Myanmar, or Burma lies on the Bay of Bengal and the Andaman Sea coast and is bordered by the likes of India, Bangladesh, China, Laos and Thailand. Despite its colonial past, Burma is a country that has resisted western influence, and instead maintains not just age-old traditions and religions, but also the traditional Burmese way of life – you’ll see not just immense beauty in the stupas and temples but will no doubt note encounters with men wearing skirt-like Burmese Longyi and the local women proudly displaying their thanakha make-up.
You will quite literally leave the modern world behind once you pass the border into Myanmar – mobile phones won’t work here, the internet does – but you’ll find that it’s generally too slow to use for anything beyond a quick email, there are no ATM’s and you’ll be immersed into a culture where religious leaders are treated like the west treats its celebrities. Burma in this regard is quite unique.
The country is made up of no fewer than 135 ethnic groups – they are particularly evident when visiting towns such as Kengtung – home to the Shan and various hill tribe people, Hsipaw – home to Shan and Palaung villagers, and Myitkyina – home to the Kachin and host to a variety of colourful tribal festivals.
Time difference: GMT +6.30 Hours
Flight time: Approx 15 hours
Visa Required: Yes
Currency: Burmese kyat
Tel Code: +95
Population: 53.26 million (approx)
Official Language: Burmese
Recommended Airlines:Thai Airways, Emirates, Qatar Airways, Singapore Airlines, Malaysia Airlines.
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When to go
Burma has a tropical climate, which isn’t too dissimilar from that of its neighbours. The southwest monsoon brings heavy rainfall from May to October with the worse rains usually falling from July to September – when roads, that are mostly made up of dirt passes, become impassable. The Ayeyarwady delta and the coast are generally the worse hit areas – though if you’re sticking to the central plains you’ll see far less rain.
From October onwards the rains subside and we generally advise you to visit Burma from November to February, when temperatures are more manageable and you’re far less likely to encounter sever rainfalls. It’s hot and humid between March and May with temperatures often topping the mercury at 40+°C. If you like your atmosphere hot, sticky and arid, then head inland to the central plains to Bagan or Mandalay where Burma’s highest temperatures are recorded.
Start your journey to Burma in Yangon – the former capital of Burma. Here you’ll find intriguing colonial architecture and the beautiful Shwedagon Pagoda as well as Bago to the north – which is filled with natural beauty such as the Sittaung and Ayeyarwady Valleys and the teak forests of the Bago Yoma Range. From there, head southeast to the Golden Rock and the Kyaiktiyo pagoda that is perched precariously on, in Mon state. This golden rock is a popular pilgrimage for Buddhists and as such you can expect to see more pilgrims than actual tourists. If you want to try out a beach whilst in Burma, then head to Ngapali, which is 10km southwest of Thandwe. You’ll find an idyllic palm-lined beach with soft, white shell sand and not too many tourists – though this area is slowly beginning to see an increase in visitor numbers and the construction of small hotels – so visit now before it becomes Burma’s first fully fledged resort town. Inle Lake in the Shan State is Burma’s second largest freshwater lake and is as traditional as it is beautiful. One of the most interesting things to see here is the Intha technique of leg rowing – where one leg is wrapped around a paddle to drive it through the water – this snake like motion is unique to Burma.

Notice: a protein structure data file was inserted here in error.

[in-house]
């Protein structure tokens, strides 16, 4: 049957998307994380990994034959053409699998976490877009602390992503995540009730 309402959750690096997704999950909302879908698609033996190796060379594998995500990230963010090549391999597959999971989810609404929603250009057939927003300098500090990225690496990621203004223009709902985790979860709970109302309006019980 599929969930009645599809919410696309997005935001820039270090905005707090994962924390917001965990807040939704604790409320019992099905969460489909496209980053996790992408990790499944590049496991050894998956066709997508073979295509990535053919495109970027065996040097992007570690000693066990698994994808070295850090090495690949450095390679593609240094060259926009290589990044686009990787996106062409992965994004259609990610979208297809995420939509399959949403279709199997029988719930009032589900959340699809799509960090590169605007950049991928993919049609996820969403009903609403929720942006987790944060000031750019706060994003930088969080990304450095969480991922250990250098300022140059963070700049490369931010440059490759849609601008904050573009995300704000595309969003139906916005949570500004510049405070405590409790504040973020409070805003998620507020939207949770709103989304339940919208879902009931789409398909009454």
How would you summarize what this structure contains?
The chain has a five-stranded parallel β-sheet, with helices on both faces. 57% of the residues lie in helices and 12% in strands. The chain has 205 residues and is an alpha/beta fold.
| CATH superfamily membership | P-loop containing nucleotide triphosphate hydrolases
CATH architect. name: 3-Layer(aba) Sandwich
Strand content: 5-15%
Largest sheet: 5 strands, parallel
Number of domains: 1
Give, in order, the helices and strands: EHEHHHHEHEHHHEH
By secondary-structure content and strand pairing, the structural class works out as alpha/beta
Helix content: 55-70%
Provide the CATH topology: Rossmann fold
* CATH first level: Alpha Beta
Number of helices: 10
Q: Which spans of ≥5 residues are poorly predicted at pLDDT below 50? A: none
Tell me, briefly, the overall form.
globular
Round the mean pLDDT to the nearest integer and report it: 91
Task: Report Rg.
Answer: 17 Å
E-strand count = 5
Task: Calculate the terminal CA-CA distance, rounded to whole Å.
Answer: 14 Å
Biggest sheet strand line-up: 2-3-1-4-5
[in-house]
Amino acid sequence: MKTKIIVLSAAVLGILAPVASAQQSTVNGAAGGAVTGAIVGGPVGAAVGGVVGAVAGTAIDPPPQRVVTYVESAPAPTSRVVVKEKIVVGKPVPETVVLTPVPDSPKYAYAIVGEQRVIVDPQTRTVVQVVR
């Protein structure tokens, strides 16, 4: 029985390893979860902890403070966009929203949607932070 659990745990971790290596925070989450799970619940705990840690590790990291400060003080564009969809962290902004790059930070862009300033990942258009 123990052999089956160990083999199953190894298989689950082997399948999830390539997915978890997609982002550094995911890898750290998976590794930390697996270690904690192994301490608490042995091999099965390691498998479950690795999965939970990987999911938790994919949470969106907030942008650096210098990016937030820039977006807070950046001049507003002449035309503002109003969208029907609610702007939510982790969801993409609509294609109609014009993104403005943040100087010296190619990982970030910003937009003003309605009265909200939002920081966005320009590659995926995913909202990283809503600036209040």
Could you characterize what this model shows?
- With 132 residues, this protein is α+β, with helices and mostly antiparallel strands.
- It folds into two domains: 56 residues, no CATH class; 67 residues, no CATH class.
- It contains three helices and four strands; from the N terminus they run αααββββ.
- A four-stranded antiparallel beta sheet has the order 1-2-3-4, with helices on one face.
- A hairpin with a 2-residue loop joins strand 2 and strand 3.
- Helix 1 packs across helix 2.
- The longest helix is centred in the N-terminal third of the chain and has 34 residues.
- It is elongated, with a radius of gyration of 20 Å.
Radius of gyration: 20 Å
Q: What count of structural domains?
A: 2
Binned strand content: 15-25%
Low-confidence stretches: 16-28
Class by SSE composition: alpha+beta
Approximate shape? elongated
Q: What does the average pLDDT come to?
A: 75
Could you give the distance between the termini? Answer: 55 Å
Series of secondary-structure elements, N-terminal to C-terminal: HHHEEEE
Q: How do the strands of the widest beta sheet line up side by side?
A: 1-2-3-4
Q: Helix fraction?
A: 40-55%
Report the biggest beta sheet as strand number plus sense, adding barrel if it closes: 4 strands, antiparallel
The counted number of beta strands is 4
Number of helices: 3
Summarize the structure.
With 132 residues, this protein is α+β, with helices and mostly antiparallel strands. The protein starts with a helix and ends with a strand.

If possible, then time your visit to coincide with the Thingyan Water Festval, which takes place across the country in April. There are five days of festivities, though the young, much like those in Thailand, have taken to turning this festival into one gigantic water fight. If you’d prefer something a little more traditional then try the Naga New Year festivities which take place in January and is a three day festival held by the Naga tribal communities in the north-west of Burma – there will be astonishing dances and other festivities with the local tribes people decked out in traditional colourful creations.
Points to ponder
Always try to dress modestly when visiting a place of worship – even better if you try to blend in by wearing a traditional Burmese Longyi, which covers the entire lower body much like a sarong. Remember that Burma is a conservative country – and not used to public displays of affection – so keep the kissing and the hand holding to a minimum.
One of the most restrictive issues of travel in Myanmar is undoubtedly the country’s aversion to ATM’s. You won’t find any – so you will need to take cash. But don’t worry, the country is extremely safe for tourists – and as long as you show the proper respect, then you can expect to receive it back in equal, if not greater, amounts. Tipping is a slightly difficult subject. Many of the better hotels and the cruise ships will have a note on your arrival about tipping expectations whilst restaurants and bars will likely expect a tip of 1000kyat. It isn’t normal to tip a taxi driver though drivers will expect anything from $5 – $10 per day.
Hill Trekking in the Shan State
Trek into Kalaw – a former colonial British hill-station just two hours north west of Nyaungshwe. You’ll be awarded striking views of the surrounding hills and will meet local Shan hill tribes in their wooden hut villages. You’ll pass over mountainside ridges and through monasteries – home to monks – both elders and novices.
Have a look on a few articles our destination specialists have attempted to inspire your holidays to Myanmar(Burma) – Two thousand temples at Bagan, Cruise the Ayeryarwady River, The shwedagon Paya, Burmese Cuisine.
- Inle Lake
- Inle Lake
- Mrauk U
- Ngapali Beach